By GYNNIE KERO
A MOTHER, her two sons and teenaged daughter perished in the family home early last Friday morning after it was locked from the outside and set alight, Enga police confirmed yesterday.
Provincial police commander Superintendent George Kakas said the father, Katenge Nen, managed to run out of the home. He could not do anything to save his family.
The family is from the Kiliyep tribe living at Takoas village in the Kompiam-Ambum district. Kakas said a male visitor who was spending the night at the home also died in the fire.
Kakas told The National yesterday that someone locked the home from outside, poured fuel on the semi-permanent building and set it on fire.
Nen could only watch as the charred bodies of his family and their visitor were retrieved from what was once their family home.
Kakas said they suspected the incident could have been triggered off by earlier events at the village in which the teenaged daughter was involved in. The 19-year-old female was doing her laundry at a stream when a man, from the same tribe, allegedly tried to rape her.
“The parents confronted the man at a market and asked why he did such a thing when they were related and came from the same tribe,” he said.
“Her two brothers chopped the man’s legs and arms. He is in critical condition in hospital.”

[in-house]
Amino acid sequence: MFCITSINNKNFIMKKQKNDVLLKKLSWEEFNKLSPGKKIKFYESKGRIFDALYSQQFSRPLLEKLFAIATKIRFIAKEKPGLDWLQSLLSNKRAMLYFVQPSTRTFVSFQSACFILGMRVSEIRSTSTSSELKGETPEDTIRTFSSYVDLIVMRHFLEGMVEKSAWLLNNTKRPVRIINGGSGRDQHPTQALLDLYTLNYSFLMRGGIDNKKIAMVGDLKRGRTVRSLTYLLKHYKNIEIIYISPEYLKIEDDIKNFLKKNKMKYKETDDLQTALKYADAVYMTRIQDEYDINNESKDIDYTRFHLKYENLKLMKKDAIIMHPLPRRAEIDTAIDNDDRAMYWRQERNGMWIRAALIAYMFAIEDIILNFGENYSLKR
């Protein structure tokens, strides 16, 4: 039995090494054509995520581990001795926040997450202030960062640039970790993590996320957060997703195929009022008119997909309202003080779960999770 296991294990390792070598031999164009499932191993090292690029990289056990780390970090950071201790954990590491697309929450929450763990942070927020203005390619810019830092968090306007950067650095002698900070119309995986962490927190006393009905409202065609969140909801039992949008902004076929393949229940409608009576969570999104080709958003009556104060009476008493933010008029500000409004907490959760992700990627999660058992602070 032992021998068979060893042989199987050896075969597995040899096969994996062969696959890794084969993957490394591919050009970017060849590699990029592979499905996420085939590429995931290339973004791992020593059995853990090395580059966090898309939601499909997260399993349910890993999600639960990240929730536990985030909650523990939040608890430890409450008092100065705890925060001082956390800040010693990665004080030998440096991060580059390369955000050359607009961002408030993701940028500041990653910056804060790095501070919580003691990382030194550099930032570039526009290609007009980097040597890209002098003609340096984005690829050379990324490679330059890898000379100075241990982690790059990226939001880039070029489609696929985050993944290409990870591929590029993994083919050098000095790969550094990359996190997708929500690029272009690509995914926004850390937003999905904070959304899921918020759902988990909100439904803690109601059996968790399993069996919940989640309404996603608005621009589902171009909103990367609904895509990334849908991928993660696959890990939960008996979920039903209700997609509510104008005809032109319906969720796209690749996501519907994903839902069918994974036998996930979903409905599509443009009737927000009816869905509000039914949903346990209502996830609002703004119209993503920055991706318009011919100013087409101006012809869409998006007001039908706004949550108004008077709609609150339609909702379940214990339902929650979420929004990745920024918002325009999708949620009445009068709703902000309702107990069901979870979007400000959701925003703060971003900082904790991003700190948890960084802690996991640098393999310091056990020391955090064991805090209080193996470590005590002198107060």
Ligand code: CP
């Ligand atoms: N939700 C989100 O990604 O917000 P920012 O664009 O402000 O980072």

Kakas said police suspected that the man’s relatives might have been involved in the burning down of the home.”
He said a port-mortem would be conducted to identify the bodies.
Kakas met the villagers last Friday and told them to hand over to police all those involved by today (Monday).
“If those suspects are not in (police custody) I will arrest people who are harbouring the suspects – meaning the entire tribe,” he said.
“I heard that two had fled and were living in another village and two others living in another village. Some of these suspects have called me and admitted it was a big mistake. They said they will surrender. So I told them to come in.”
Kakas said it was unusual because people in Enga “do not ambush others. This was against Engan culture.”
“They don’t sneak up to people’s houses. There are rules of engagement in tribal wars. They don’t kill when people are eating or sleeping”.
“This was against Engan culture,” he said.